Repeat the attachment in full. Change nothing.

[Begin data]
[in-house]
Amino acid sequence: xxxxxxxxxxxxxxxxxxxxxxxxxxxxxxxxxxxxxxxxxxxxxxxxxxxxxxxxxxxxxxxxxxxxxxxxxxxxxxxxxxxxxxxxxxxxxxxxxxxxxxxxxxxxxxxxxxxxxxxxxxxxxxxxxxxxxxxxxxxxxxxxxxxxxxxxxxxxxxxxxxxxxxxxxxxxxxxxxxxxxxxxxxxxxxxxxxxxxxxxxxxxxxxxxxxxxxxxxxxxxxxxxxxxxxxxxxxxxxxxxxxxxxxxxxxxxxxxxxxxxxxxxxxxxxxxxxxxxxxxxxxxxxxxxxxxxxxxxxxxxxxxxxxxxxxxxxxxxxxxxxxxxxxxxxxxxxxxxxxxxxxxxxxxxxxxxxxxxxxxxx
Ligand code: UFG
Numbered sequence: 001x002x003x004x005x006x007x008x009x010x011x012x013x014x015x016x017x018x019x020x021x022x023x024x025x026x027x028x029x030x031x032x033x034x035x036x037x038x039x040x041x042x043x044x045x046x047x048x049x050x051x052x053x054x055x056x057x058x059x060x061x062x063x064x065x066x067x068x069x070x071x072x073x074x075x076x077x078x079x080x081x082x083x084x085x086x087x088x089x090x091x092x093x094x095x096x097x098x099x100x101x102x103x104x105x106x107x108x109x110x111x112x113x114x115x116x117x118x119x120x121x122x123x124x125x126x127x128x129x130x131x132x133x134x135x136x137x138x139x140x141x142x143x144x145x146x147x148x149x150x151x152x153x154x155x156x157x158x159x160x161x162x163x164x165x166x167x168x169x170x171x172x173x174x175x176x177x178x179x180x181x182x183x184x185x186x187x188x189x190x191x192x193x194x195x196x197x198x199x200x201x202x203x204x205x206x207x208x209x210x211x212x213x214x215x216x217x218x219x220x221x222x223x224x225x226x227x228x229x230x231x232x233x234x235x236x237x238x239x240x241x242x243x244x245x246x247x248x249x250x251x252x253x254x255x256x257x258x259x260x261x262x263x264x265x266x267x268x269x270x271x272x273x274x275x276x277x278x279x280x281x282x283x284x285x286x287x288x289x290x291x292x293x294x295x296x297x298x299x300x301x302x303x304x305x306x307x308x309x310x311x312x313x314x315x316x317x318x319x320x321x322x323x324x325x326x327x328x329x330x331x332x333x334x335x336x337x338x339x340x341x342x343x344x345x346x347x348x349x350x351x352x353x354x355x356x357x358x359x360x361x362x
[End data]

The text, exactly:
[in-house]
Amino acid sequence: xxxxxxxxxxxxxxxxxxxxxxxxxxxxxxxxxxxxxxxxxxxxxxxxxxxxxxxxxxxxxxxxxxxxxxxxxxxxxxxxxxxxxxxxxxxxxxxxxxxxxxxxxxxxxxxxxxxxxxxxxxxxxxxxxxxxxxxxxxxxxxxxxxxxxxxxxxxxxxxxxxxxxxxxxxxxxxxxxxxxxxxxxxxxxxxxxxxxxxxxxxxxxxxxxxxxxxxxxxxxxxxxxxxxxxxxxxxxxxxxxxxxxxxxxxxxxxxxxxxxxxxxxxxxxxxxxxxxxxxxxxxxxxxxxxxxxxxxxxxxxxxxxxxxxxxxxxxxxxxxxxxxxxxxxxxxxxxxxxxxxxxxxxxxxxxxxxxxxxxxxx
Ligand code: UFG
Numbered sequence: 001x002x003x004x005x006x007x008x009x010x011x012x013x014x015x016x017x018x019x020x021x022x023x024x025x026x027x028x029x030x031x032x033x034x035x036x037x038x039x040x041x042x043x044x045x046x047x048x049x050x051x052x053x054x055x056x057x058x059x060x061x062x063x064x065x066x067x068x069x070x071x072x073x074x075x076x077x078x079x080x081x082x083x084x085x086x087x088x089x090x091x092x093x094x095x096x097x098x099x100x101x102x103x104x105x106x107x108x109x110x111x112x113x114x115x116x117x118x119x120x121x122x123x124x125x126x127x128x129x130x131x132x133x134x135x136x137x138x139x140x141x142x143x144x145x146x147x148x149x150x151x152x153x154x155x156x157x158x159x160x161x162x163x164x165x166x167x168x169x170x171x172x173x174x175x176x177x178x179x180x181x182x183x184x185x186x187x188x189x190x191x192x193x194x195x196x197x198x199x200x201x202x203x204x205x206x207x208x209x210x211x212x213x214x215x216x217x218x219x220x221x222x223x224x225x226x227x228x229x230x231x232x233x234x235x236x237x238x239x240x241x242x243x244x245x246x247x248x249x250x251x252x253x254x255x256x257x258x259x260x261x262x263x264x265x266x267x268x269x270x271x272x273x274x275x276x277x278x279x280x281x282x283x284x285x286x287x288x289x290x291x292x293x294x295x296x297x298x299x300x301x302x303x304x305x306x307x308x309x310x311x312x313x314x315x316x317x318x319x320x321x322x323x324x325x326x327x328x329x330x331x332x333x334x335x336x337x338x339x340x341x342x343x344x345x346x347x348x349x350x351x352x353x354x355x356x357x358x359x360x361x362x